9. Hellbinder

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    Sorry to interupt your very cool and interesting discussion again.. but..

    To my knowledge no one anywhere other than myself has stated anything even close to the Nv30 being a 4x4. Everyone and their brother claims it is a 8x2. that is pretty common knowledge. I did not throw that out there just becuase I *thought it would be cool*... The wind whispered it to me in a dream... ;)

    the question is.. is the wind right? :lol:
     
  10. Nagorak

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    If NV30 is really 4*4 then I have to question why (maybe one of their engineers is into pick-up trucks?). All bandwidth saving, etc excluded it doesn't seem like having 4 TMUs is really going to pay off. On a game like Doom3 with 6 texture layers you'll still need to multipass anyway whether you have 4 TMUs or 1 TMU.

    I think it would be very interesting if Nvidia followed a totally different path than ATi, but it just seems so out of character. In the past, ATi has been the one to try competing with more technically advanced/efficient parts, while Nvidia concentrated more on brute force. Maybe they've traded places now...but just on paper 8*1 seems a lot better than 4*4, at least unless you like hauling heavy loads. ;)
     
  11. 3dcgi

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    I would think these extra Z-operations are being used for sub-pixels to increase the quality of antialiasing.
     
  12. LittlePenny

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    I have a question about the sorting developers would need to do for the cache thing. Please keep in mind I haven't developed any games myself.

    Would it be possible to develop a generic data structure for primitives? I imagine if an IHV did this, and developers used inheritance to add their own ideas to the mix this would make things more doable.
     
  13. Tagrineth

    Tagrineth SNAKES... ON A PLANE
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    4*4 results in 16 TMU's, 8*1 results in 8.

    In theory, a quad-textured game (Serious Sam) would run around twice as fast on the 4*4 at an equal clock speed... (full four pixels with four texels per cycle, versus two pixels with four texels on the 8*1)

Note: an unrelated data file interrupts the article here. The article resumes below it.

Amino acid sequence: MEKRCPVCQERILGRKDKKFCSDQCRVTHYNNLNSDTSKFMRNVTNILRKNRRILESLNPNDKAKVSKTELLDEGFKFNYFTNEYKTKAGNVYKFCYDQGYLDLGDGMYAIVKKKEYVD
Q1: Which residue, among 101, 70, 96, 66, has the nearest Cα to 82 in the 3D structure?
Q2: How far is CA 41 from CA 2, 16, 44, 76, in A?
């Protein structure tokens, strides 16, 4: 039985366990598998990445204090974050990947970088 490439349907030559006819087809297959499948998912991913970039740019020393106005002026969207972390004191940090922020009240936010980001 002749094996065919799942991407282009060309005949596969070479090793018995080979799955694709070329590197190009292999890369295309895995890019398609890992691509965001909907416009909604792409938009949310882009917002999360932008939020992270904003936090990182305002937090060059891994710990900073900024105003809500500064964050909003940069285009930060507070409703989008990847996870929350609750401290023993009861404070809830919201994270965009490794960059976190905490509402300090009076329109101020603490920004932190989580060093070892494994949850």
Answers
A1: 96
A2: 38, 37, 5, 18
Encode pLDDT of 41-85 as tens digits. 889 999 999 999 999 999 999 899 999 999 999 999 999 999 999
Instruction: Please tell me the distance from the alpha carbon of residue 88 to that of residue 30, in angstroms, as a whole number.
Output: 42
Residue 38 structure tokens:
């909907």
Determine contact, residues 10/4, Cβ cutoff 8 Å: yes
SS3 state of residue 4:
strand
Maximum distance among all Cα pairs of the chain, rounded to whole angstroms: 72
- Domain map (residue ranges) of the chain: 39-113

14. KimB

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    The only thing is, with a 4x4 pipeline, the performance wouldn't be as high as with an 8x1 pipeline with a random number of textures applied.

    That is, consider this (pixels per clock):

    0 textures: 4 vs. 8
    1 texture : 4 vs. 8
    2 textures: 4 vs. 4
    3 textures: 4 vs. 2.66
    4 textures: 4 vs. 2
    5 textures: 2 vs. 1.6
    6 textures: 2 vs. 1.33
    7 textures: 2 vs. 1.14
    8 textures: 2 vs. 1

    If you assume that each of these is equally-likely, then you get the following:

    4x4 pipeline: 3.1 pixels per clock on average
    8x1 pipeline: 3.3 pixels per clock on average

    The crucial difference here is the inclusion of the "0 textures per pixel" portion, which will be important for DOOM3. Without the inclusion of that portion of the chart, the average over any possible number of textures would result in a tie here. I think that ever since JC announced how he was going to do shadows in that game, it has changed how 3D chip designers have thought about high performance. Starting with DOOM3, it will be quite a bit better to have more pixel pipelines with fewer textures per pipeline than few pipelines with still more textures possible per clock. With a game like DOOM3, it will be even better to have a 16x0/8x1 pipeline configuration, where 16 pixels per clock are possible if no textures are applied.